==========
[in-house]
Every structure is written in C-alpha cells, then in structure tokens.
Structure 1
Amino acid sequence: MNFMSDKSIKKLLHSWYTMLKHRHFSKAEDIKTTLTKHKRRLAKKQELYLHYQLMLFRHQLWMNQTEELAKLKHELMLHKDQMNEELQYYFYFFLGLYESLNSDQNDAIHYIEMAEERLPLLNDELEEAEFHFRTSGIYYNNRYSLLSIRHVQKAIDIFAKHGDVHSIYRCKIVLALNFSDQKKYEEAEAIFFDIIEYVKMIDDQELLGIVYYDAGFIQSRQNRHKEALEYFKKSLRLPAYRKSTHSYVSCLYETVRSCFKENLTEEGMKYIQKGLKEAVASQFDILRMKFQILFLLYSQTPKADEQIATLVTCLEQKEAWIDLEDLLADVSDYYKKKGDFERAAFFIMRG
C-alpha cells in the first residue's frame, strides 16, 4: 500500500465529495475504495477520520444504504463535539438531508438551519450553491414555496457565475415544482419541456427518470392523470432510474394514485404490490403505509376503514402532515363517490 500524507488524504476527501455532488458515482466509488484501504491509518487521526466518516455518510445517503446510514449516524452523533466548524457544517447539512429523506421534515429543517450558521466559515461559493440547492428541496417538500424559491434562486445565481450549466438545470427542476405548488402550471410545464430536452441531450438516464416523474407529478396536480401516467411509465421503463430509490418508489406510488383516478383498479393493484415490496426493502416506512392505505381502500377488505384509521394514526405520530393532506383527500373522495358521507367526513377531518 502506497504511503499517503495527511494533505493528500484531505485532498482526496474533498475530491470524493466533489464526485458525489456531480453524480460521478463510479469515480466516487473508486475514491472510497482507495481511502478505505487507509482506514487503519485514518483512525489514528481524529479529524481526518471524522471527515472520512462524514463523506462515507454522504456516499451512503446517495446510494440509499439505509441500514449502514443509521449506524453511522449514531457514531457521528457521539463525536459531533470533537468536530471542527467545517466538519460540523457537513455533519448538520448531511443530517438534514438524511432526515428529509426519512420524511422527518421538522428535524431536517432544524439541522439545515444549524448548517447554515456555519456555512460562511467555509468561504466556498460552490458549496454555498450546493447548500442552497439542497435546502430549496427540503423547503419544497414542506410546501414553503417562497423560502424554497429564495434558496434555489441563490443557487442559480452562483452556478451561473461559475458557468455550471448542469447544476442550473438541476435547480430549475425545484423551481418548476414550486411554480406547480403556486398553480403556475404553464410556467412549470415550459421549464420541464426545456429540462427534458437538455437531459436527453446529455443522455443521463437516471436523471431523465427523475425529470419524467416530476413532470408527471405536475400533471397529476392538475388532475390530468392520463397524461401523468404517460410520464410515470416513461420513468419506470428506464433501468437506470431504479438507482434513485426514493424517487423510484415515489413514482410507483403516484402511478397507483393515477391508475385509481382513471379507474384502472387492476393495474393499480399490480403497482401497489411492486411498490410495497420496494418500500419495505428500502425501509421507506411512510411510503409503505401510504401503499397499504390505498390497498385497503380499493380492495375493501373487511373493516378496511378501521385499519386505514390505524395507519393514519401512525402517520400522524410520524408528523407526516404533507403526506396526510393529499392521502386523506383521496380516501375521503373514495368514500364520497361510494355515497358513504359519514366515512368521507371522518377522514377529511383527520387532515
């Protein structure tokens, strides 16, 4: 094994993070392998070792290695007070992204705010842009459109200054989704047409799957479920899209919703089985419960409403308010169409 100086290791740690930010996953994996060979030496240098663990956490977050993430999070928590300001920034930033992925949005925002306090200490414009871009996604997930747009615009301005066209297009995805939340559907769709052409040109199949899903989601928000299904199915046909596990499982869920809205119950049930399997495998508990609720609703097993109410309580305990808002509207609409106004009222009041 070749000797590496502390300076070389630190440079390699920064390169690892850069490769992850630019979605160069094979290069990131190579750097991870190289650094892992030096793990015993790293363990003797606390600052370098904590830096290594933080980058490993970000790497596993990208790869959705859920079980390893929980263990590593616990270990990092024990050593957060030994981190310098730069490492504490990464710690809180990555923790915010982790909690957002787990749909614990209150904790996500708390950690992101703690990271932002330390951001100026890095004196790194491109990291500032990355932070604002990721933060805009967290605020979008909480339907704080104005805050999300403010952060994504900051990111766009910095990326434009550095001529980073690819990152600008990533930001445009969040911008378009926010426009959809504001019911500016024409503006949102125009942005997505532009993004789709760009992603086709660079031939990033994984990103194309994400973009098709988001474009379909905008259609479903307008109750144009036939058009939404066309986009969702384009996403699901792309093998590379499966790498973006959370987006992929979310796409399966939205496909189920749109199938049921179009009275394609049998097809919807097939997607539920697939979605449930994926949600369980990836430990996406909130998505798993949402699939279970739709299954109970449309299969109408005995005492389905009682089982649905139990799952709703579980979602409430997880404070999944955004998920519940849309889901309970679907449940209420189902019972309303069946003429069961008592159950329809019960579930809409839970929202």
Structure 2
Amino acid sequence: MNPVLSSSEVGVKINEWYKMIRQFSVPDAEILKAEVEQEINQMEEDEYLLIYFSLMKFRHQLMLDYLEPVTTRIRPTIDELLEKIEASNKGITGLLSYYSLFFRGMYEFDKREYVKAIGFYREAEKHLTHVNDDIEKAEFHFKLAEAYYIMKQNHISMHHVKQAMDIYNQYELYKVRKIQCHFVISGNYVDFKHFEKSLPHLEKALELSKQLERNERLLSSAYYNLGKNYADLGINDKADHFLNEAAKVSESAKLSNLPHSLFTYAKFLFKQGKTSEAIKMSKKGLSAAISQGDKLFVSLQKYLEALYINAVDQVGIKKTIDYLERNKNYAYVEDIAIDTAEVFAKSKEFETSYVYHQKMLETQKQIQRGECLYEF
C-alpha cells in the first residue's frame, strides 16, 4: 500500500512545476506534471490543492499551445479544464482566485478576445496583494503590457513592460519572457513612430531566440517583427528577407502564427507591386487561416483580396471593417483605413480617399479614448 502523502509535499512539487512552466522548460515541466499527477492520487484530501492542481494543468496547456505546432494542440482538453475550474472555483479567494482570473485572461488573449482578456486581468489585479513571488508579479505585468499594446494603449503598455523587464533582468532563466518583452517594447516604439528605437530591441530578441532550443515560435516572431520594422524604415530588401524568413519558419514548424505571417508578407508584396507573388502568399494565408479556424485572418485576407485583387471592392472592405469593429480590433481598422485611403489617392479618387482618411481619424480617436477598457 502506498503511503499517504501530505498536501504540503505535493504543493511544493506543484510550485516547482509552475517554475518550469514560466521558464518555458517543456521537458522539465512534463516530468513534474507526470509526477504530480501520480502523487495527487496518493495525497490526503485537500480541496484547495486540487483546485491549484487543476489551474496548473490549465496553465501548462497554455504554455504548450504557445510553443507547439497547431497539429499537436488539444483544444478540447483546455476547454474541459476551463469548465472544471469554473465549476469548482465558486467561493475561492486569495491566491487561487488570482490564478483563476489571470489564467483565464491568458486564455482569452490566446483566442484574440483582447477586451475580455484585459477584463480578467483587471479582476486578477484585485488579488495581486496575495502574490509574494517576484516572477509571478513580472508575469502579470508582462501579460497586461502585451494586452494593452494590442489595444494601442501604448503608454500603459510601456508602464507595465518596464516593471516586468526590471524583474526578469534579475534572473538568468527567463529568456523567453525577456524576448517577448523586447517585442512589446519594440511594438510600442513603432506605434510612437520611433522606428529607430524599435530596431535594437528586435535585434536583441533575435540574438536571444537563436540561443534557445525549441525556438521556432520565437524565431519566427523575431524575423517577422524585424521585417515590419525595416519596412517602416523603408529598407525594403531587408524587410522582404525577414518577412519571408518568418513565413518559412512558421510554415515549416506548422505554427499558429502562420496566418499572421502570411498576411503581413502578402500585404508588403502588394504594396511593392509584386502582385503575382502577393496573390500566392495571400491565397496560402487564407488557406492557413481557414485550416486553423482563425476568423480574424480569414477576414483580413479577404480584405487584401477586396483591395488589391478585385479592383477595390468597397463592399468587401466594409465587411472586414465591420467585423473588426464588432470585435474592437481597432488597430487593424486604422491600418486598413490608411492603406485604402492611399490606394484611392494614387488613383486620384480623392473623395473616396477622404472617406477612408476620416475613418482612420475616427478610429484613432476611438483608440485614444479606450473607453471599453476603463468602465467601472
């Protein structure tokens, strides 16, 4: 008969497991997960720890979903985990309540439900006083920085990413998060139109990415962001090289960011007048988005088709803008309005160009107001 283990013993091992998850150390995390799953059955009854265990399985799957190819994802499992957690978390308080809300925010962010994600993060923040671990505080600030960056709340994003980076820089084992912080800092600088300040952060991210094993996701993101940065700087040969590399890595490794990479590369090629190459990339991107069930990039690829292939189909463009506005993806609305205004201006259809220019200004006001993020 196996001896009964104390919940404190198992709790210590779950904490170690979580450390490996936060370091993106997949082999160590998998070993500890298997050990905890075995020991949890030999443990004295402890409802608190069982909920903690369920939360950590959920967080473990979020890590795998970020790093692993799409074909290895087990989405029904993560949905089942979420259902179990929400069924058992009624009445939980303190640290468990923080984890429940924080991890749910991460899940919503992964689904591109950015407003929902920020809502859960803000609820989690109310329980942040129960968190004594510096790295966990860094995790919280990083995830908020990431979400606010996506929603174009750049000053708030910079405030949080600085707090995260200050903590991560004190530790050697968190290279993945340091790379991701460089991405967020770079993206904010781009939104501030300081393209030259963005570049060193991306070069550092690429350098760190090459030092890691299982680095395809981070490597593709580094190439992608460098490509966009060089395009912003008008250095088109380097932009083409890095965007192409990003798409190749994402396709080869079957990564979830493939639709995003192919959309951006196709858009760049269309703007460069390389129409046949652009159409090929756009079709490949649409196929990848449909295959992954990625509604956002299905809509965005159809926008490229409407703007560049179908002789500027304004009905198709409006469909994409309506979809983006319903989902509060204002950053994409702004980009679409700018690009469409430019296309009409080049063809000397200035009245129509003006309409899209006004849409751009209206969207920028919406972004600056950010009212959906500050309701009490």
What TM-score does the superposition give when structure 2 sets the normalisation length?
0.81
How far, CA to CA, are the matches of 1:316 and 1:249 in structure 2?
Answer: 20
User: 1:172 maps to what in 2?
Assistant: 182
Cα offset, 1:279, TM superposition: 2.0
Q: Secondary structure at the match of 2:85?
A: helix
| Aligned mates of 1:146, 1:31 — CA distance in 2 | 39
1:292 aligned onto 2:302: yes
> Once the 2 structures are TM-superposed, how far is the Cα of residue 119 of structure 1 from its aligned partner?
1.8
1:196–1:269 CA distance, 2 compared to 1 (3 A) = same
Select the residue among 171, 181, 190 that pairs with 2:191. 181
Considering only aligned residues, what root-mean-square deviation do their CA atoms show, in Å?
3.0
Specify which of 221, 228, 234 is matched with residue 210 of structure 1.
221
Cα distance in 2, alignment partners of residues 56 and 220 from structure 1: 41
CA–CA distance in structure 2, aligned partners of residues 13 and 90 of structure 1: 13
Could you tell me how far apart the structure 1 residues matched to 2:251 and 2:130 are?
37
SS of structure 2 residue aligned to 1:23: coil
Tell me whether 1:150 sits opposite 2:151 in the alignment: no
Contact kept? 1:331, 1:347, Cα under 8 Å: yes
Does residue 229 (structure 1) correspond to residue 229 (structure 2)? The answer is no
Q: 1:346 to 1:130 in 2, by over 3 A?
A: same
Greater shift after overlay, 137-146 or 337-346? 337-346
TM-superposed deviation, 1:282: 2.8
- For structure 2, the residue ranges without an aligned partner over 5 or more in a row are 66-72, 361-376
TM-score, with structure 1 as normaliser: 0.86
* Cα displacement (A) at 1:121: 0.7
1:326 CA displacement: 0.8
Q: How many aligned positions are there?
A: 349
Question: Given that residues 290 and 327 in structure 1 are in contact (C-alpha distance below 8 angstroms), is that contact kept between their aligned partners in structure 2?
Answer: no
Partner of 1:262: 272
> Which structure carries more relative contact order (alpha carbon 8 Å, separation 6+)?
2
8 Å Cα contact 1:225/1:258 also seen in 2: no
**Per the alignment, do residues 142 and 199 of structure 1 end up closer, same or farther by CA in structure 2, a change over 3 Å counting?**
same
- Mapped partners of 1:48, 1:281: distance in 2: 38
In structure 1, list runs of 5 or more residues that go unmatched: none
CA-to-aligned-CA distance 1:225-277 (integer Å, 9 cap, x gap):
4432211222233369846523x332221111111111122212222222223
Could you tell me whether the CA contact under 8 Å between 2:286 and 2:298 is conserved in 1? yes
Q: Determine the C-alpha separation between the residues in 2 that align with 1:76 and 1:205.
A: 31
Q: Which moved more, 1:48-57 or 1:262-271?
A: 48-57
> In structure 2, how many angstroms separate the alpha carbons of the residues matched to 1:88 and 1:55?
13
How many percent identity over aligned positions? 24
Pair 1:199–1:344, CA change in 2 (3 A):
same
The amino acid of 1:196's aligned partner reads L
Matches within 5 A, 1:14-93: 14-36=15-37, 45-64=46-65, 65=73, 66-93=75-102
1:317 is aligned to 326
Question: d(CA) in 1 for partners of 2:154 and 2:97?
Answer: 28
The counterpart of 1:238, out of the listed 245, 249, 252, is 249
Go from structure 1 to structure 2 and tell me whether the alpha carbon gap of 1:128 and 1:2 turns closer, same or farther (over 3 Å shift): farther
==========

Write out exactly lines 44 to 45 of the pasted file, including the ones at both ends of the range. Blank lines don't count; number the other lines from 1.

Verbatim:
* Cα displacement (A) at 1:121: 0.7
1:326 CA displacement: 0.8